Quiet Days In Clichy (1970/Blue Underground Blu-ray)
Picture: B Sound: B- Extras: C+ Film: B-
Based upon Henry Miller's 1956 novel, Quiet Days in Clichy presents the
story of two friends living out their days taking on plenty of sexual partners,
giving little mind to anything else. Although frank and sexually explicit, public
tastes have changed considerably over the years, mellowing the level of shock
that the film once elicited. Seeing it
now in an era where hardcore pornography is practically a societal norm, its
merits can be weighed without being overly concerned with its sexual content.
The film starts out being quite fun, with playful editing and a creative use of
thought balloons and text laid over the images to aid the narrative. The few threads of plot that there are come
through in the songs provided by Country Joe McDonald, who details Joey and
Carl's various exploits with the women they encounter.
In the opening scene, we see them paying to have sex with a woman who for the
moment is out of her mind. Joey takes it
upon himself to spend 200 francs of Carl's money for this, then spends a night
going hungry after dropping the rest of his own money on another girl. Forced to resort to going through their trash
pail to look for food, he then goes to bed until Carl comes home. When he arrives, he's brought with him an
underage Belgian girl whom he wants to live with them and tidy up the place.
The girl, Collette, is practically mute and very short on brains, something
that they use to their advantage in keeping her living in the apartment under
their care. She takes to wandering
aimlessly about town at times, and they follow her around in order to observe
her childish behavior, and to find out if it is merely an act she puts on for
Eventually, her whereabouts are discovered, and Collette is taken away by the
authorities without her family pressing charges against Carl and Joey. This severs any threat that the two of them
face, and from here out, much like Collette, the film soon enough begins to
meander about without direction.
A strict story was never the goal of this film to begin with, but interest in
seeing what the characters get up to begins to wane toward the end. The humor and visual experimentation seen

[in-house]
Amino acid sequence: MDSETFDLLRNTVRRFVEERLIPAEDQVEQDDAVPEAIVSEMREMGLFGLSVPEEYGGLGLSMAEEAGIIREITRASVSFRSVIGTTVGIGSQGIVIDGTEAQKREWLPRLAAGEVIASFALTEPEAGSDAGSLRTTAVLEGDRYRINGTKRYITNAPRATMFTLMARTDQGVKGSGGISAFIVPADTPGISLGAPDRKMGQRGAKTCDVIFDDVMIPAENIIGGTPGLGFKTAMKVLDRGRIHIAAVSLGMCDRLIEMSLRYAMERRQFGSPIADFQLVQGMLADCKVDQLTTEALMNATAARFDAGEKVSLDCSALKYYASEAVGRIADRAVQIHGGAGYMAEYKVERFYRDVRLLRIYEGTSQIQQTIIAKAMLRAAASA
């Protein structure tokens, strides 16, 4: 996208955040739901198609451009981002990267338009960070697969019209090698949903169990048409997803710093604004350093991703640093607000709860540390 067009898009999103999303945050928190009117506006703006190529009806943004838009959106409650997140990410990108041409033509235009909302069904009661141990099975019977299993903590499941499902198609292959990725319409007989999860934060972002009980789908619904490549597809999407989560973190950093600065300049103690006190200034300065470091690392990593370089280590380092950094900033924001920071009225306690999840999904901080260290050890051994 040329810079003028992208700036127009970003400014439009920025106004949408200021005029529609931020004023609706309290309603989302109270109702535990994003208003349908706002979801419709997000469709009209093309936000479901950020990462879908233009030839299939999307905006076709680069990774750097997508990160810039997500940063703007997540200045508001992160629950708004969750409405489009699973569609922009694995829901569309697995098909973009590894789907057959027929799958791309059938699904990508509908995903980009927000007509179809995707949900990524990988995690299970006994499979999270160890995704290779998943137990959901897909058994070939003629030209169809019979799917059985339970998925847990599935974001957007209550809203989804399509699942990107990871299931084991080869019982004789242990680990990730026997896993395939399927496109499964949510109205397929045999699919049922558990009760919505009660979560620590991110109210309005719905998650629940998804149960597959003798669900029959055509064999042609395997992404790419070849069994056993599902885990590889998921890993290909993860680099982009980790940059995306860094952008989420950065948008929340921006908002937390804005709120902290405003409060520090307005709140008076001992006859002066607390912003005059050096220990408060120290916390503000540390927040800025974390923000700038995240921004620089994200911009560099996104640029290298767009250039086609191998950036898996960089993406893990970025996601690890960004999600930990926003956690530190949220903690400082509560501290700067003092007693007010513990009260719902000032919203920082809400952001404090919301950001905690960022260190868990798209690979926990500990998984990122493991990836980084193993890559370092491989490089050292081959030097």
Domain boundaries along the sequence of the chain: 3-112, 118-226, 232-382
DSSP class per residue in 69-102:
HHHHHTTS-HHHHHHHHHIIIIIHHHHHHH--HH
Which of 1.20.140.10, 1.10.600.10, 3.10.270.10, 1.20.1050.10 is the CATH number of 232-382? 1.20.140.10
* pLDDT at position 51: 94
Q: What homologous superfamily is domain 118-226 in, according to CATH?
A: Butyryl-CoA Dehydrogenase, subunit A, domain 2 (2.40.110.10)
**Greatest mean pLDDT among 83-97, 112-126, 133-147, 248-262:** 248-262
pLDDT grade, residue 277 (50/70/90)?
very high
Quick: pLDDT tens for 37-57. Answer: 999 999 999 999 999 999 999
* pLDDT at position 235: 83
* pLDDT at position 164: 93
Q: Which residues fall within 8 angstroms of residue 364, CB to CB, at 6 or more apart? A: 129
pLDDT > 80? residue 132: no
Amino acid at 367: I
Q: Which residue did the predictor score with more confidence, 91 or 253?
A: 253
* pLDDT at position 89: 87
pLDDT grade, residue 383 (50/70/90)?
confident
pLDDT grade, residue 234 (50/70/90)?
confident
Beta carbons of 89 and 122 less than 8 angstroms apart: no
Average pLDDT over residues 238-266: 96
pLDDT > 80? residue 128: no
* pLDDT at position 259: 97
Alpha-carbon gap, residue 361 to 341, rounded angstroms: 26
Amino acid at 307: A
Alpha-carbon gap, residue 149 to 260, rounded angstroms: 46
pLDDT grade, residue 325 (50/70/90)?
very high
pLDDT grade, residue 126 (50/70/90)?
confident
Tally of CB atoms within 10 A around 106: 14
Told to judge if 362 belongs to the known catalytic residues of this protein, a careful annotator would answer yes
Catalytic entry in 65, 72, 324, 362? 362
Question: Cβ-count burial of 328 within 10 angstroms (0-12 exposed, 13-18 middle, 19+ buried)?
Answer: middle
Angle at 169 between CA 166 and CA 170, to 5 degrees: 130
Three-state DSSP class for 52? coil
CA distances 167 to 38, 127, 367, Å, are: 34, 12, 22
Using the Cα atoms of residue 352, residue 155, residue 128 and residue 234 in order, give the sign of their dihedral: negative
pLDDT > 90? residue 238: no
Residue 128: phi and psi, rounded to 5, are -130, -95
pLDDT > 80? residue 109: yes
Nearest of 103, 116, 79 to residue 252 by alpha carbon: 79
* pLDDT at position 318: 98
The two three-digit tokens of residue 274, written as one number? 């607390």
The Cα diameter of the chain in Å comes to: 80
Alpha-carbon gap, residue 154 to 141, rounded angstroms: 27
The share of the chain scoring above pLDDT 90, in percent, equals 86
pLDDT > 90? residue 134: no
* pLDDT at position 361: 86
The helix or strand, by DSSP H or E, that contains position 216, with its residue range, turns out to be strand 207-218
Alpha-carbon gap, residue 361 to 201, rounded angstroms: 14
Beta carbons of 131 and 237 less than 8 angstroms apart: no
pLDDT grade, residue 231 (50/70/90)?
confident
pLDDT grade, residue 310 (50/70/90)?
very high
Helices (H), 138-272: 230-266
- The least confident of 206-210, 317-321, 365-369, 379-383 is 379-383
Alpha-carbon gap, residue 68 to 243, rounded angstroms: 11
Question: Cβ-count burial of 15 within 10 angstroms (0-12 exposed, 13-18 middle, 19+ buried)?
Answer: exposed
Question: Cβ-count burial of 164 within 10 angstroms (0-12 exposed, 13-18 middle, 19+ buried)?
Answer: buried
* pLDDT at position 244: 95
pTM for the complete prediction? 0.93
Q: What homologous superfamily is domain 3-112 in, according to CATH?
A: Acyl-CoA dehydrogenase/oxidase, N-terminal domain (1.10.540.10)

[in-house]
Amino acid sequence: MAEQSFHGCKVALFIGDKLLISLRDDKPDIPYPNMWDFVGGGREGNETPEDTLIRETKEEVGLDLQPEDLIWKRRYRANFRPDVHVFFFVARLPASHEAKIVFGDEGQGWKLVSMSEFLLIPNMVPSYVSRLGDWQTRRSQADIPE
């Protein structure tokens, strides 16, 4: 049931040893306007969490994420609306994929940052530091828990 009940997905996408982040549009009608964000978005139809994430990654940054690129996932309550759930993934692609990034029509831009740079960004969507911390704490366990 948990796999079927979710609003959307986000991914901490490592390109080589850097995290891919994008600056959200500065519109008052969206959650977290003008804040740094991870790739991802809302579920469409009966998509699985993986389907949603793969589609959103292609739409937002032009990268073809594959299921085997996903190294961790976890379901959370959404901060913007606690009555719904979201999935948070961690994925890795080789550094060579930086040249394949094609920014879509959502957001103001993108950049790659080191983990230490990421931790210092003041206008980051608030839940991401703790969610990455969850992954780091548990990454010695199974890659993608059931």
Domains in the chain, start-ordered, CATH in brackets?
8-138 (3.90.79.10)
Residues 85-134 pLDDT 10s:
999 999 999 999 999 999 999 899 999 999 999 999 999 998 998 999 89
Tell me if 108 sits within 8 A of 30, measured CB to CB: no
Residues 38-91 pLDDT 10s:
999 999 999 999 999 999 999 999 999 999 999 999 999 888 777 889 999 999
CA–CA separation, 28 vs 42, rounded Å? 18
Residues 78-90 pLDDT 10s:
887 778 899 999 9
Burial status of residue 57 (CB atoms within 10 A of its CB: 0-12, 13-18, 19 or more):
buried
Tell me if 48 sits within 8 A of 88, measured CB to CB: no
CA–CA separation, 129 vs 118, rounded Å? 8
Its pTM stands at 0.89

early on are gone about halfway through, and the rest of the movie just kind of
goes on existing without a lot behind it. It never becomes a chare to watch, but as it
peters out, you get the feeling that more could have been done with what was
there to stir up more thought.
This film really benefits from the Blu-ray treatment, and the picture quality
is well above that of the earlier editions, showing much more sharpness and
detail in the black and white image. It
is presented in 1080p with an aspect ratio of 1.66:1. Audio quality is also
excellent, and preserves the original mono mix in DTS-HD.
The film lacks an audio commentary track, but includes some great interviews
with Country Joe and Henry Miller's publisher, Barney Rosset. A second, even more informative interview with
Rosset is also included, this one being from Al Goldstein's notorious late
night public access program, Midnight Blue.
Quiet Days in Clichy was actually one of two productions of Henry
Miller's work made in 1970, the other being an adaptation of Tropic of
Cancer starring Rip Torn. Just
recently, this too was put out on DVD. For fans of Miller's work, this must be
a great time, as these once rare titles are now easily found, and with the
added bonus of this one being in high def. While I was a bit on the fence about my
feelings toward Clichy,
I still recommend checking it out at least once. It's a challenging movie, and there's no easy
way of telling the effect it might have on you, but why not dive in and take
- David Milchick